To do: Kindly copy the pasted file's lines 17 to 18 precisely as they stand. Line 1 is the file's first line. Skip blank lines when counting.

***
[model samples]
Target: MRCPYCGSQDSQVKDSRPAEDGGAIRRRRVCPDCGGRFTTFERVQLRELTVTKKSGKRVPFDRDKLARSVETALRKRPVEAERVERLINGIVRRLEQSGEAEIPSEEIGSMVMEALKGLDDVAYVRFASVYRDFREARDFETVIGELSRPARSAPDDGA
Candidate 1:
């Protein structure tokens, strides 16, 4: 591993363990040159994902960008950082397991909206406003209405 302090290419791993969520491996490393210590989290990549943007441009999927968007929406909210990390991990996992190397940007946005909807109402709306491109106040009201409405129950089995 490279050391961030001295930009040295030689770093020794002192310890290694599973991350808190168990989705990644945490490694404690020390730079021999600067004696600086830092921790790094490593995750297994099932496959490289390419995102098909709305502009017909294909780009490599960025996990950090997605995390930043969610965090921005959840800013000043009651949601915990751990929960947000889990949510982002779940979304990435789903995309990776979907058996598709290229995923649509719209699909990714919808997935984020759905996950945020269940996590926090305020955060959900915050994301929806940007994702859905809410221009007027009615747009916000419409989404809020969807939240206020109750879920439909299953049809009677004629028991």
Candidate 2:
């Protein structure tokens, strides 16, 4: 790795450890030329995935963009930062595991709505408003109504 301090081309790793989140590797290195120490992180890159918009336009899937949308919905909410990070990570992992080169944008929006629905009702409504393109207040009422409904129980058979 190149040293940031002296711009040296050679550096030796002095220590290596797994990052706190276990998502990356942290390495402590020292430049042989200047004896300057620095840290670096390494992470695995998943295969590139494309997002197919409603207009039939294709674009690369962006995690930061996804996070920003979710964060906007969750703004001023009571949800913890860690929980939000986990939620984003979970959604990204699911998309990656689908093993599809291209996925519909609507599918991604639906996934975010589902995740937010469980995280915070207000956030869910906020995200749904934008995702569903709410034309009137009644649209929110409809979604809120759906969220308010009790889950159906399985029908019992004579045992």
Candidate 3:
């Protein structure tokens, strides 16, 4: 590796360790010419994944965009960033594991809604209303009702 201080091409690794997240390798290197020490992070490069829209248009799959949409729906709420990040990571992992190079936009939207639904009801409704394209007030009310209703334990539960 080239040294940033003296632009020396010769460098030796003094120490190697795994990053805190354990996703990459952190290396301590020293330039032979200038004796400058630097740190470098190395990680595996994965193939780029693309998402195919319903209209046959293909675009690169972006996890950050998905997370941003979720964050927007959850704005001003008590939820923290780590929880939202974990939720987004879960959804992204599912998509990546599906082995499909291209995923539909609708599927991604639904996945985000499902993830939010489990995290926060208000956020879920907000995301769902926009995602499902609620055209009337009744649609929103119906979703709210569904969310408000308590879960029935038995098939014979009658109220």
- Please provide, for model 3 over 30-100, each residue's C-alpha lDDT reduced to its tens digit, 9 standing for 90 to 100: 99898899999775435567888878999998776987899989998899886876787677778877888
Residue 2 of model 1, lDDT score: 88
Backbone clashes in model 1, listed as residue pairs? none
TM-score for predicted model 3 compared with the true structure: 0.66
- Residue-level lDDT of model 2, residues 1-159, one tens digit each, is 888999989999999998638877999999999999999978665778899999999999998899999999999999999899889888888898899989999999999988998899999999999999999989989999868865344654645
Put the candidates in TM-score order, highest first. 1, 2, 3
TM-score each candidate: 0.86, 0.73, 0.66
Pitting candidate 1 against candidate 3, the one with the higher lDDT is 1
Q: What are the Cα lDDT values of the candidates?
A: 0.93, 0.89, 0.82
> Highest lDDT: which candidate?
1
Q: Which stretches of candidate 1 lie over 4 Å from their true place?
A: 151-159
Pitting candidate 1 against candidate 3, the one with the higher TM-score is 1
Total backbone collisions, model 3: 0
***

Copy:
Q: What are the Cα lDDT values of the candidates?
A: 0.93, 0.89, 0.82